No to Nick, but not from students.

The answer was No, but what was the question? In the end, the AV referendum result became something of an inevitability, but on what grounds was this decision reached?

The local election results across the country demonstrated that Liberal Democrat supporters have deserted their party, for the meantime at least, presumably as a result of their coalition with the Conservatives, and unpopular policy changes. How much did this influence choices made in voting against Nick Clegg’s preferred Yes vote?

Let’s not forget that a No victory wasn’t always on course, and that favour swung that way in the run up to voting day. Was the result down to the strength of campaigning, or at least the relative amounts of bitching, on either side of the argument?

A look at the full results of the referendum show that only ten out of 440 areas voted Yes in majority. More intriguingly, they were all situated in old university towns: six in London, and once each for Oxford, Cambridge, Edinburgh Central and Glasgow Kelvin (read: central). So while the students have perhaps been stung most sharply by the Lib Dem’s policy swerving, they also appear to be among the least swayed in reaching their decision.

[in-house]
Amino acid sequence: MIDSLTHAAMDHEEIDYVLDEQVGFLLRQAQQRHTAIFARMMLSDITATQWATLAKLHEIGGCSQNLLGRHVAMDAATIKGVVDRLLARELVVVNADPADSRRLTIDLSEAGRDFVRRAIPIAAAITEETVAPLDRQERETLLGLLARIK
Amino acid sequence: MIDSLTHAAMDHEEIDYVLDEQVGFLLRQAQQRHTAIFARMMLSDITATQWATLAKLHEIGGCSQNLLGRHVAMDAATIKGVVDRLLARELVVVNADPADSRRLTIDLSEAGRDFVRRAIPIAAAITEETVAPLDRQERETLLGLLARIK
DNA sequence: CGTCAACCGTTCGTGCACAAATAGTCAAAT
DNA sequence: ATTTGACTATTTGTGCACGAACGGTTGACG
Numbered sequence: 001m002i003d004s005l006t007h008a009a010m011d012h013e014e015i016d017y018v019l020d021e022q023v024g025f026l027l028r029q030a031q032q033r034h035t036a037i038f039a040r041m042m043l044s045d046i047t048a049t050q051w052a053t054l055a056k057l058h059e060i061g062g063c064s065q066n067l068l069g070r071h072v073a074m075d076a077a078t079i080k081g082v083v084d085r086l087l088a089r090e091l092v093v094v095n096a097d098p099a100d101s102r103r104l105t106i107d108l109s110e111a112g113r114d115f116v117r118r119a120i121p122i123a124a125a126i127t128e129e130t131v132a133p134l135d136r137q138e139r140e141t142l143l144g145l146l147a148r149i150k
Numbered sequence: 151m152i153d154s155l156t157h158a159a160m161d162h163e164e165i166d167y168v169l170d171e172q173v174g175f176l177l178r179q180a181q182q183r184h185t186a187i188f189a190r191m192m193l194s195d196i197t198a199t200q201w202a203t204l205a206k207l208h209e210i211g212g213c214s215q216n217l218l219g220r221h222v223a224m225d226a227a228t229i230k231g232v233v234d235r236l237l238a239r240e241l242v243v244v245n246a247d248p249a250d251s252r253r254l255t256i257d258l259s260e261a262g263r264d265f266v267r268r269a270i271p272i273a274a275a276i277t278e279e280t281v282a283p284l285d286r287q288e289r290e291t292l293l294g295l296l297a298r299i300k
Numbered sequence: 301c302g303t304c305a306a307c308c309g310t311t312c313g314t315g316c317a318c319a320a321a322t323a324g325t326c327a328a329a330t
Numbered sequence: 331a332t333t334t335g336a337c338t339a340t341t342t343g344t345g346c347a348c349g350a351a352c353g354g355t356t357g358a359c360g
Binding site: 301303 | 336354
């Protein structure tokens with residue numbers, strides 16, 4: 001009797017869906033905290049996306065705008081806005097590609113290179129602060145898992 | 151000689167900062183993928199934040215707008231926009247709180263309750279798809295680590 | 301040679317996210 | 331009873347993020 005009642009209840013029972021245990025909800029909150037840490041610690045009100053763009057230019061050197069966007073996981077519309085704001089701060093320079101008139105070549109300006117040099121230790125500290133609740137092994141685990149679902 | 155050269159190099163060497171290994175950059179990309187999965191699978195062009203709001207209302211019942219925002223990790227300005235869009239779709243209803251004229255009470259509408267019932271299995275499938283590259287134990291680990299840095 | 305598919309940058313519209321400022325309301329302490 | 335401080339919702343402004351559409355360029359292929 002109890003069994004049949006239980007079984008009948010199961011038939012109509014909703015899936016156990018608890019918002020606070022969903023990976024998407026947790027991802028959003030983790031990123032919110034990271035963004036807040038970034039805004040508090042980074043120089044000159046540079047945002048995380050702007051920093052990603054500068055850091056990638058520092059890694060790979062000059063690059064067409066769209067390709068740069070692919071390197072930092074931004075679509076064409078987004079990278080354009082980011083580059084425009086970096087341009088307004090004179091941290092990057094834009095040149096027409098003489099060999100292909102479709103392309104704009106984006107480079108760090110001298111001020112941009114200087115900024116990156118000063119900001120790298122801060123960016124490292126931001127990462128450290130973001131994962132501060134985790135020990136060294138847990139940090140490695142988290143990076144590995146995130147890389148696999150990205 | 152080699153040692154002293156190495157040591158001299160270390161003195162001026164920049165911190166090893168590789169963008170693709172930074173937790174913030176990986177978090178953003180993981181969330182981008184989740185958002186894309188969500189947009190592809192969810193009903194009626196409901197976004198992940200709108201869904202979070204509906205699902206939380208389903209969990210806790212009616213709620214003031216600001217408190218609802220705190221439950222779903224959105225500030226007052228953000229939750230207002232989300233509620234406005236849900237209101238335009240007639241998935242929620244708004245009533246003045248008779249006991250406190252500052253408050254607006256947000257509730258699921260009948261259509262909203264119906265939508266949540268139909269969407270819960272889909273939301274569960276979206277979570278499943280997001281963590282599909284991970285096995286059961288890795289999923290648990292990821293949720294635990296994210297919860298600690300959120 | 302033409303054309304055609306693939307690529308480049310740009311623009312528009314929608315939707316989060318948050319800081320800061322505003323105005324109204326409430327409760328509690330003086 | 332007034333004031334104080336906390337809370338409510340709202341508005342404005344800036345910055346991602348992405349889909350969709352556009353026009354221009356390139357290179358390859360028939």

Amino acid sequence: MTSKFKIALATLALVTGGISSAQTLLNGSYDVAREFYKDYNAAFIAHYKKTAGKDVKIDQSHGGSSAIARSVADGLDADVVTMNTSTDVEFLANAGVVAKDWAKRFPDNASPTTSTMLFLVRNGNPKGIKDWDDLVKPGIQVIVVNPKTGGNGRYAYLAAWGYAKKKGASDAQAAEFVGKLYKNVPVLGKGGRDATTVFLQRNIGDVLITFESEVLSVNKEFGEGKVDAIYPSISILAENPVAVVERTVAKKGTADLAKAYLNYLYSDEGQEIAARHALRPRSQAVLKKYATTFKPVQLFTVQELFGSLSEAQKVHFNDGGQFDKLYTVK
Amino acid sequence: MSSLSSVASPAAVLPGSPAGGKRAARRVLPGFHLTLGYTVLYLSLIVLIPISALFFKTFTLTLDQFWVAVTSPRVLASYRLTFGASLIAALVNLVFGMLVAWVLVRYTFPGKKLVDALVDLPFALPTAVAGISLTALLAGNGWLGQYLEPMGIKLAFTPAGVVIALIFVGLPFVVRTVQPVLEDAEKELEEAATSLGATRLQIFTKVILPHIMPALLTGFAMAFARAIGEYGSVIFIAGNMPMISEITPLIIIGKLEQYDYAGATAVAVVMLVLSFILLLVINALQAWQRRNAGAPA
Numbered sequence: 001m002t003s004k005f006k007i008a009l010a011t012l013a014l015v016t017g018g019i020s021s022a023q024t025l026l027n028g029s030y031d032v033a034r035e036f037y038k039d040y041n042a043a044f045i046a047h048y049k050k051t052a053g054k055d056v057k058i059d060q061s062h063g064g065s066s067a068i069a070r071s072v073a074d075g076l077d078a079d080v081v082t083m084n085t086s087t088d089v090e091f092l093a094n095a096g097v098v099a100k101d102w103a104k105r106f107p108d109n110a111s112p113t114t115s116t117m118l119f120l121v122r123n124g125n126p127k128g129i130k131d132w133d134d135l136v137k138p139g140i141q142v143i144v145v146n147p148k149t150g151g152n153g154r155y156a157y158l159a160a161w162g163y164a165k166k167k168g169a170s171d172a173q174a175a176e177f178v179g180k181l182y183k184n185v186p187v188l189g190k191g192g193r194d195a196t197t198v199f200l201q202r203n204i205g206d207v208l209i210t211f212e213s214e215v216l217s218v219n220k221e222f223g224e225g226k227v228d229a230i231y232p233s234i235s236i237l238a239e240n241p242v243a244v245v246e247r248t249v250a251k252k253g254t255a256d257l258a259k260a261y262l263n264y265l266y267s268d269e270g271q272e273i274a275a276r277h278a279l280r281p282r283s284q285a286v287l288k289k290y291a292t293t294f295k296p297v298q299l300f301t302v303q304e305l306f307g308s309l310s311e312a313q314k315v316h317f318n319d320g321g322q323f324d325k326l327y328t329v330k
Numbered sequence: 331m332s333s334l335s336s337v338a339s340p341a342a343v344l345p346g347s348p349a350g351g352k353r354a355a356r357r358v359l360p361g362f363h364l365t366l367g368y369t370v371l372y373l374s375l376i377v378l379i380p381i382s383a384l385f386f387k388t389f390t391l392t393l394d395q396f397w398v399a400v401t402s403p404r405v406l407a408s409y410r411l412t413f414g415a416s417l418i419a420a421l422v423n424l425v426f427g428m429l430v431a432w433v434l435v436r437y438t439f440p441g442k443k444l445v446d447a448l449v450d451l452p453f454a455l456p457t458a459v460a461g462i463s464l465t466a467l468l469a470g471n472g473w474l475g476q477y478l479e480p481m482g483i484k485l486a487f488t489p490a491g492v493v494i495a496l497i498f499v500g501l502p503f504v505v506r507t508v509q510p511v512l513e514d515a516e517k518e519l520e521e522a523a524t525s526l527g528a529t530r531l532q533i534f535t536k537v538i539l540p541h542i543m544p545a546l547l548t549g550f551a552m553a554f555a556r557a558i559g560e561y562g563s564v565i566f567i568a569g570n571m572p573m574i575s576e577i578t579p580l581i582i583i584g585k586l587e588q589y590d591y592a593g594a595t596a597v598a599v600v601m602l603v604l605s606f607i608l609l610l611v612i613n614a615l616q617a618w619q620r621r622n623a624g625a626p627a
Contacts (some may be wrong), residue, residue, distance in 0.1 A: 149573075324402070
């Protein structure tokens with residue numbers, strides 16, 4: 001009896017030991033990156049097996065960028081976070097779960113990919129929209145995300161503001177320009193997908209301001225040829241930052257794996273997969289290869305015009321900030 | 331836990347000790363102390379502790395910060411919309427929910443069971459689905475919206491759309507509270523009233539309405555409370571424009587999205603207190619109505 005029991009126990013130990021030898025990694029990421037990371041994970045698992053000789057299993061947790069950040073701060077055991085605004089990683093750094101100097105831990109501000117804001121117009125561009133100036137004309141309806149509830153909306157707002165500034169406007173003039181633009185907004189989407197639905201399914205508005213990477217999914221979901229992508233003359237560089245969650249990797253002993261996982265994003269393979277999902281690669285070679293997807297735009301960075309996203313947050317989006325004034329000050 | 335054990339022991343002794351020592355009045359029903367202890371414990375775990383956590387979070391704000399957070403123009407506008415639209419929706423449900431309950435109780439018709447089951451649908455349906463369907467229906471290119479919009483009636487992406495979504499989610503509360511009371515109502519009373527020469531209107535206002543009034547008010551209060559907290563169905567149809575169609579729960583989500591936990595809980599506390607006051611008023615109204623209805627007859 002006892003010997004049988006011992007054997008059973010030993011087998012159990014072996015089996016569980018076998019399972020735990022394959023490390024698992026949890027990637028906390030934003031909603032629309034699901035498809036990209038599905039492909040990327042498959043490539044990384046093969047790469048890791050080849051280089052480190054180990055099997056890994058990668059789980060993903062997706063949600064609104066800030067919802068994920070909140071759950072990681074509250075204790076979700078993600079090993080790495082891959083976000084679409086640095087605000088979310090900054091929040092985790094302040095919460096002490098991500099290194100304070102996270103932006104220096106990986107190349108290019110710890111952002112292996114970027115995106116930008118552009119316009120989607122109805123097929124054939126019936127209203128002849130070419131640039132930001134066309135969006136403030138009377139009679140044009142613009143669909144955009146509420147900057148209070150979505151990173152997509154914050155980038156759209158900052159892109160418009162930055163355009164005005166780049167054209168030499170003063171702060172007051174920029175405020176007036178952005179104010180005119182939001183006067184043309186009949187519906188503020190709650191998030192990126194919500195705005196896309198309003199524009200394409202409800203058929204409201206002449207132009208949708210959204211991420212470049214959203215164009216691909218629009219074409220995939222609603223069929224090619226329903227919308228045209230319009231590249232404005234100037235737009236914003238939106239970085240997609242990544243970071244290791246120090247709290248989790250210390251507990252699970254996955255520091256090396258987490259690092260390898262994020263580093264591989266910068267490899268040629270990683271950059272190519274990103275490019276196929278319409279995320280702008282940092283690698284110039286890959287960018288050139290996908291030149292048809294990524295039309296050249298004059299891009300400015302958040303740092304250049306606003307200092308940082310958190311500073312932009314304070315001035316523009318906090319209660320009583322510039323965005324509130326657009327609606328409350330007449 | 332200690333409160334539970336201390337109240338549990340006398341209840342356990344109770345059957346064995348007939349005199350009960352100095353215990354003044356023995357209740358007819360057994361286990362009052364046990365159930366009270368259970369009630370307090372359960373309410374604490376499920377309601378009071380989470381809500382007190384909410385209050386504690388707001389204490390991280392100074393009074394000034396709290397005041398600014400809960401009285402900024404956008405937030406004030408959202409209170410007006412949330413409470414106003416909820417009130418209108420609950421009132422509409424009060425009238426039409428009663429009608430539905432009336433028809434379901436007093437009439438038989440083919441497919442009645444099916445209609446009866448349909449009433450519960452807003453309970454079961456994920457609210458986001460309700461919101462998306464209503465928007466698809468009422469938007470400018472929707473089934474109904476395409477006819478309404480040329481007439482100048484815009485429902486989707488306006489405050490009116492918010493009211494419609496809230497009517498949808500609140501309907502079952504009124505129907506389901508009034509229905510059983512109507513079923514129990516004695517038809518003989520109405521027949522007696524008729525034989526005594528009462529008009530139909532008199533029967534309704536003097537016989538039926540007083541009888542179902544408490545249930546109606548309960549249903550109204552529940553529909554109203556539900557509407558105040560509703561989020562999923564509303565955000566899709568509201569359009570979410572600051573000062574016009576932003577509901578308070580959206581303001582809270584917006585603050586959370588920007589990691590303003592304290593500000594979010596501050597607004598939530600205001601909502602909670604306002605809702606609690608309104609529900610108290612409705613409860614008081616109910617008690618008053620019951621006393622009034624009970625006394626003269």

For now, though, the people have spoken. I’m just hoping this is not the end of the matter.

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